The founder of Pilates, Joseph Pilates, grew up as a frail child, suffering from rheumatic fever, rickets, and asthma. His determination and drive to overcome these health issues led him to become a skier, diver, and skilled gymnast. During World War I, he served as an orderly in a hospital where the patients were not able to walk. He took apart a mattress and attached the bed springs to the hospital beds with straps so the patients could do exercises to gain their strength back. Hence, the Cadillac piece of equipment was born and is still used in Pilates studios everywhere, to this day.
Whether you are doing Pilates exercises on the Reformer or the mat, Pilates is based on three principles: Breath, Whole-Body Health, and Whole-Body Commitment that encompasses mind, body, and spirit. Through breath, concentration, centering, using control, precision, and flow, Pilates exercises can be performed on a mat without any equipment or on a Reformer using straps and springs for tension. There are many benefits and similarities with both Mat and Reformer Pilates, but there are also some key differences:
MAT Pilates involves:
- Control, balance, strength, and focus on the mat
- Concentrating on how your body moves without assistance
- Most traditional motions and exercises are done with the body alone – no equipment
- Props such as a Pilates ring, exercise band and ball can be used
- Learning Pilates on the mat coincides with everyday functions such as walking or running
- Engages the core abdominal muscles in every movement
Training on the mat to move your body correctly by recruiting the proper muscles proves to be quite challenging, and many people find Mat Pilates more demanding than using the Reformer or Cadillac equipment. It is important to continue to use the mat in your Pilates practice to gain results faster and more efficiently.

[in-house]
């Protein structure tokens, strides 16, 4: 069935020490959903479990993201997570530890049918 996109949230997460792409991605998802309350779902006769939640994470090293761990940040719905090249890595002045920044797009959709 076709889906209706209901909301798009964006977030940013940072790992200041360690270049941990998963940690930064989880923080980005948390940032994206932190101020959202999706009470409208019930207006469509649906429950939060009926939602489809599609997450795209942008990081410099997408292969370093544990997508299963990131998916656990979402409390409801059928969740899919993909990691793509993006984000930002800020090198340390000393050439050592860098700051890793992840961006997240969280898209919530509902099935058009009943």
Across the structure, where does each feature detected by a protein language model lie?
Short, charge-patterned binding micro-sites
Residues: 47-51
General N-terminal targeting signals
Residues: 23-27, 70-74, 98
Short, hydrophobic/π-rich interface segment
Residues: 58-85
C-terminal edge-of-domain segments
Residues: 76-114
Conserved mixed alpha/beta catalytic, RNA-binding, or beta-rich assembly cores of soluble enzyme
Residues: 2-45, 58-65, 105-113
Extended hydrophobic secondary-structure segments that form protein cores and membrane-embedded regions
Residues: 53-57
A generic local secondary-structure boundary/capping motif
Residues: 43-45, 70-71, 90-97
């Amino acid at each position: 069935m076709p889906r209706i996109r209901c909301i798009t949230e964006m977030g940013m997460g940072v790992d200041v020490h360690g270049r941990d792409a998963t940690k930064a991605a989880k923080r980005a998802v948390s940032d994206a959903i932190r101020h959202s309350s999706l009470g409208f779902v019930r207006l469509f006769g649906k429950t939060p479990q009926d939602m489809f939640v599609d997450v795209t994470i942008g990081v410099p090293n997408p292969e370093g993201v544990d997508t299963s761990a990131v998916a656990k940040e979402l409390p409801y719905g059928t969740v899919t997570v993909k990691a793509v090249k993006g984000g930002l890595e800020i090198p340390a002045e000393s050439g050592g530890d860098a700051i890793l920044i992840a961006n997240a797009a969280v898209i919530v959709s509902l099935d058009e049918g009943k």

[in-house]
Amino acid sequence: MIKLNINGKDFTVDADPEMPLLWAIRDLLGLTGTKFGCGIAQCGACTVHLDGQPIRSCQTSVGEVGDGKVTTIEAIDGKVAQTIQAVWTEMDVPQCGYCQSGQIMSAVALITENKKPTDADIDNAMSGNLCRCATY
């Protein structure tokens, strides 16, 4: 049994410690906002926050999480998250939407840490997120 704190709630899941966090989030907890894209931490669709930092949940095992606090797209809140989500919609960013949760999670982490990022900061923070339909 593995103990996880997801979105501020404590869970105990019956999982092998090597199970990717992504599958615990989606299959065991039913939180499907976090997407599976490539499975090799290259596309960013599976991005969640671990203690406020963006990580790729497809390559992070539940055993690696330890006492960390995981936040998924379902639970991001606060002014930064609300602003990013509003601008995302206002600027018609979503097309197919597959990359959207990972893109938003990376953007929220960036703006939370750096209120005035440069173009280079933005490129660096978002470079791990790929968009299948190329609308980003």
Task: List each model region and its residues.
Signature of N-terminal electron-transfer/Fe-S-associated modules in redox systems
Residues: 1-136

Utilizing a Reformer is an excellent way to step up your Pilates practice because it can assist you in specific motions, guiding you where and how to move. It is also a great place to start for a beginner and can be done in a group or on an individual basis. Since a Reformer has springs to increase or decrease tension and offers an endless array of exercises, it is a great way to improve your Pilates practice and continue to see results in your physique.
Reformer Pilates is different from Mat Pilates in the following ways:
- Offers different levels of spring tension and strap length for modifications or a greater challenge
- Correlates to how we push, pull, and carry objects during daily activities
- Involves control and precision that we normally take for granted in our daily movements
- Assists in using strength and stability with the correct muscles to avoid injury
- Requires further expertise and balance with a qualified Pilates instructor
Both Reformer and Mat Pilates are beneficial for any skill level and it is the differences between the two that promote a better understanding of Pilates. Learning to move correctly on both the Reformer and the mat will only increase your strength and balance level, improve your efficiency of movement throughout your day, and give you incredible results.